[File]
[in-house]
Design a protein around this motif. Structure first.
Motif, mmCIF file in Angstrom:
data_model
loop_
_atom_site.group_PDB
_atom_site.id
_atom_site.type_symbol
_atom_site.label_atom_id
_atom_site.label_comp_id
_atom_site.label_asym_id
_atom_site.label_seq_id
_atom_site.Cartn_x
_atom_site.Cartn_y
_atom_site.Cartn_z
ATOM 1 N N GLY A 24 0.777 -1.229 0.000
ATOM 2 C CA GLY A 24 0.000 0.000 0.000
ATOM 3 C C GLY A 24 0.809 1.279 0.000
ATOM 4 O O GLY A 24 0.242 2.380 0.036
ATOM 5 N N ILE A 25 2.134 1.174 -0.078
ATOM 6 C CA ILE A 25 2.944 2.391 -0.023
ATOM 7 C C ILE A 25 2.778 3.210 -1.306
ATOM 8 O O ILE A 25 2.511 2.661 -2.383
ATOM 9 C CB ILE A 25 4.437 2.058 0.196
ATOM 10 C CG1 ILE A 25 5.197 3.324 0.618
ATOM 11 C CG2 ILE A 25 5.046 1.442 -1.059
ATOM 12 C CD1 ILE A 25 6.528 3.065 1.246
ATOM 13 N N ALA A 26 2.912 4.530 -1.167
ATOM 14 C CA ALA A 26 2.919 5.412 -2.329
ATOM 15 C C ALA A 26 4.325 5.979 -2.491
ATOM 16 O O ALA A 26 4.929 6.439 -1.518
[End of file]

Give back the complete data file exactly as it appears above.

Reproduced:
[in-house]
Design a protein around this motif. Structure first.
Motif, mmCIF file in Angstrom:
data_model
loop_
_atom_site.group_PDB
_atom_site.id
_atom_site.type_symbol
_atom_site.label_atom_id
_atom_site.label_comp_id
_atom_site.label_asym_id
_atom_site.label_seq_id
_atom_site.Cartn_x
_atom_site.Cartn_y
_atom_site.Cartn_z
ATOM 1 N N GLY A 24 0.777 -1.229 0.000
ATOM 2 C CA GLY A 24 0.000 0.000 0.000
ATOM 3 C C GLY A 24 0.809 1.279 0.000
ATOM 4 O O GLY A 24 0.242 2.380 0.036
ATOM 5 N N ILE A 25 2.134 1.174 -0.078
ATOM 6 C CA ILE A 25 2.944 2.391 -0.023
ATOM 7 C C ILE A 25 2.778 3.210 -1.306
ATOM 8 O O ILE A 25 2.511 2.661 -2.383
ATOM 9 C CB ILE A 25 4.437 2.058 0.196
ATOM 10 C CG1 ILE A 25 5.197 3.324 0.618
ATOM 11 C CG2 ILE A 25 5.046 1.442 -1.059
ATOM 12 C CD1 ILE A 25 6.528 3.065 1.246
ATOM 13 N N ALA A 26 2.912 4.530 -1.167
ATOM 14 C CA ALA A 26 2.919 5.412 -2.329
ATOM 15 C C ALA A 26 4.325 5.979 -2.491
ATOM 16 O O ALA A 26 4.929 6.439 -1.518